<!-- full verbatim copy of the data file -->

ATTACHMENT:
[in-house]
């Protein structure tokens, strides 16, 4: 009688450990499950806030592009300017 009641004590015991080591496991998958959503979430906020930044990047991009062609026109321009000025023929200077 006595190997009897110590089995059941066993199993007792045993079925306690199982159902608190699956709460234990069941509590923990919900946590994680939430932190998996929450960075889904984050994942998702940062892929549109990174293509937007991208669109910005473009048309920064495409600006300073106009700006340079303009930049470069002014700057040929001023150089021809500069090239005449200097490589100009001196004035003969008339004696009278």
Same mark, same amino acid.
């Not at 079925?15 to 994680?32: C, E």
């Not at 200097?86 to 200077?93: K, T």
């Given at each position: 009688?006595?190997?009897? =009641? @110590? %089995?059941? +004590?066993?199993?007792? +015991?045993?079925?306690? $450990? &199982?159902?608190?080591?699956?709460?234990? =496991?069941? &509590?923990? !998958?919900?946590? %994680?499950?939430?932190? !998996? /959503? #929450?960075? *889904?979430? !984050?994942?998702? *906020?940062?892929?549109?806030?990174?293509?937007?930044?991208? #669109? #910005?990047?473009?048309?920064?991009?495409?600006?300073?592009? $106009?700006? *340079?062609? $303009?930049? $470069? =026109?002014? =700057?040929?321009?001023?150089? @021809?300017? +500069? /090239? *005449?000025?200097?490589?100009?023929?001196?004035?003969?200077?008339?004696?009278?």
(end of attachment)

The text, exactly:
[in-house]
């Protein structure tokens, strides 16, 4: 009688450990499950806030592009300017 009641004590015991080591496991998958959503979430906020930044990047991009062609026109321009000025023929200077 006595190997009897110590089995059941066993199993007792045993079925306690199982159902608190699956709460234990069941509590923990919900946590994680939430932190998996929450960075889904984050994942998702940062892929549109990174293509937007991208669109910005473009048309920064495409600006300073106009700006340079303009930049470069002014700057040929001023150089021809500069090239005449200097490589100009001196004035003969008339004696009278």
Same mark, same amino acid.
């Not at 079925?15 to 994680?32: C, E």
């Not at 200097?86 to 200077?93: K, T």
């Given at each position: 009688?006595?190997?009897? =009641? @110590? %089995?059941? +004590?066993?199993?007792? +015991?045993?079925?306690? $450990? &199982?159902?608190?080591?699956?709460?234990? =496991?069941? &509590?923990? !998958?919900?946590? %994680?499950?939430?932190? !998996? /959503? #929450?960075? *889904?979430? !984050?994942?998702? *906020?940062?892929?549109?806030?990174?293509?937007?930044?991208? #669109? #910005?990047?473009?048309?920064?991009?495409?600006?300073?592009? $106009?700006? *340079?062609? $303009?930049? $470069? =026109?002014? =700057?040929?321009?001023?150089? @021809?300017? +500069? /090239? *005449?000025?200097?490589?100009?023929?001196?004035?003969?200077?008339?004696?009278?």